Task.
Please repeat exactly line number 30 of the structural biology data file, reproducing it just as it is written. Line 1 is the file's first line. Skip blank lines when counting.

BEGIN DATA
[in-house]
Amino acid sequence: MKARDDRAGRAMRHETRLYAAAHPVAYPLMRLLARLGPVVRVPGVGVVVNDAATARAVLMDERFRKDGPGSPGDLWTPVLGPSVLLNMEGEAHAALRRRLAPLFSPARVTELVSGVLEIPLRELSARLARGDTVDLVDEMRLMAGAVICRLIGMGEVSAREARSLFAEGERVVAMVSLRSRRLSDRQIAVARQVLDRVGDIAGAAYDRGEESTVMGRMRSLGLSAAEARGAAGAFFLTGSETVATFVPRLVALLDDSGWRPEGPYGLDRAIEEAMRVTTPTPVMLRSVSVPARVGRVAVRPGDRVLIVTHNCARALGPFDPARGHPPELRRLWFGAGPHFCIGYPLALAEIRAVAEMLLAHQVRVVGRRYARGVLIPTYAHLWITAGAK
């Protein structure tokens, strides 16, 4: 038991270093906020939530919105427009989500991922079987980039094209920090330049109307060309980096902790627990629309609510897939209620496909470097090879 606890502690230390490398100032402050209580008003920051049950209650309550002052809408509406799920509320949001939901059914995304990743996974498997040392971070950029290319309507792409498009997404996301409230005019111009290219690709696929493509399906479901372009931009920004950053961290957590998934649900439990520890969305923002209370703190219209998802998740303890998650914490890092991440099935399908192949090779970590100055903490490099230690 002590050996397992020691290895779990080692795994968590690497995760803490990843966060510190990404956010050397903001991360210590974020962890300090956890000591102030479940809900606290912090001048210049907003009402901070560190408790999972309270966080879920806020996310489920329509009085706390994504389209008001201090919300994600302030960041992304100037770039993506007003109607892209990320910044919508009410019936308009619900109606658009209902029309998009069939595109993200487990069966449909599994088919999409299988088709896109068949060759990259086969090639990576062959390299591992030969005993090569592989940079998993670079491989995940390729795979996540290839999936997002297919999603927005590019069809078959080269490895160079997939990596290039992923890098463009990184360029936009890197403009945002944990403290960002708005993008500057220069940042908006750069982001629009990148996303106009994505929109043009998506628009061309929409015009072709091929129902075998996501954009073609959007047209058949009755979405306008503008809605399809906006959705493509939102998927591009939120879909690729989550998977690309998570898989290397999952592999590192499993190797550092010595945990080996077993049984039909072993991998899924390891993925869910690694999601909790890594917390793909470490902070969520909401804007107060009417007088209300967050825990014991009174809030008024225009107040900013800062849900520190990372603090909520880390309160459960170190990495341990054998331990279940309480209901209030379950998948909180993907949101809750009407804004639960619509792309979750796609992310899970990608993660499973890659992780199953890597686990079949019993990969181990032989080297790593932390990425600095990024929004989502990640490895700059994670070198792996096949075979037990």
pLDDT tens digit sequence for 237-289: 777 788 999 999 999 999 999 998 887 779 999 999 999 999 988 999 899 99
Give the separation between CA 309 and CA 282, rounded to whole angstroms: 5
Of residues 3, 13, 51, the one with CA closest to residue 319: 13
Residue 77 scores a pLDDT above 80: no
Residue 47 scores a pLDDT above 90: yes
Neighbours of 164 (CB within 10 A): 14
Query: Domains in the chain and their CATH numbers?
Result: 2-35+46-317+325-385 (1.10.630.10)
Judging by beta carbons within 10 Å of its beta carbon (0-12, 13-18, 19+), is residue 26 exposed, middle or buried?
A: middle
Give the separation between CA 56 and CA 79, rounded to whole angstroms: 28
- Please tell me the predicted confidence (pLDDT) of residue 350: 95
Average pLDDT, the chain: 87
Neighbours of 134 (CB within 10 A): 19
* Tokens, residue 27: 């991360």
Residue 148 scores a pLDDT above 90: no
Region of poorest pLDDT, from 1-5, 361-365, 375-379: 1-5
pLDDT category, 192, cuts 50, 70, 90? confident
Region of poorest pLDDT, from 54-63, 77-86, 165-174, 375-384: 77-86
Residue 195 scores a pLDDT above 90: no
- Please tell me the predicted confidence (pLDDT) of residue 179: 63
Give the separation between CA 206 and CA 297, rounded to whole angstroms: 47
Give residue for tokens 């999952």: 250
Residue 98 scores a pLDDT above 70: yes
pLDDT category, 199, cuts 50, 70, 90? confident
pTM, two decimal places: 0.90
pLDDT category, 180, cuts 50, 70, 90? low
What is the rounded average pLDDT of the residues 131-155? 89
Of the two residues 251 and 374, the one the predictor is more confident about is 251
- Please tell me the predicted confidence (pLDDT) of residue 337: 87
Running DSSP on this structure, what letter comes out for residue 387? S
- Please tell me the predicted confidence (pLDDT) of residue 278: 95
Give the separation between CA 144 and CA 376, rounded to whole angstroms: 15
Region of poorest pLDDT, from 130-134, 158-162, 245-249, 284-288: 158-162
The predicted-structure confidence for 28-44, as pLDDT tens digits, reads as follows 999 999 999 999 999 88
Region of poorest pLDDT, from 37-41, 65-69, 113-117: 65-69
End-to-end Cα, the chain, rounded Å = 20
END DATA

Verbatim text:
pLDDT category, 180, cuts 50, 70, 90? low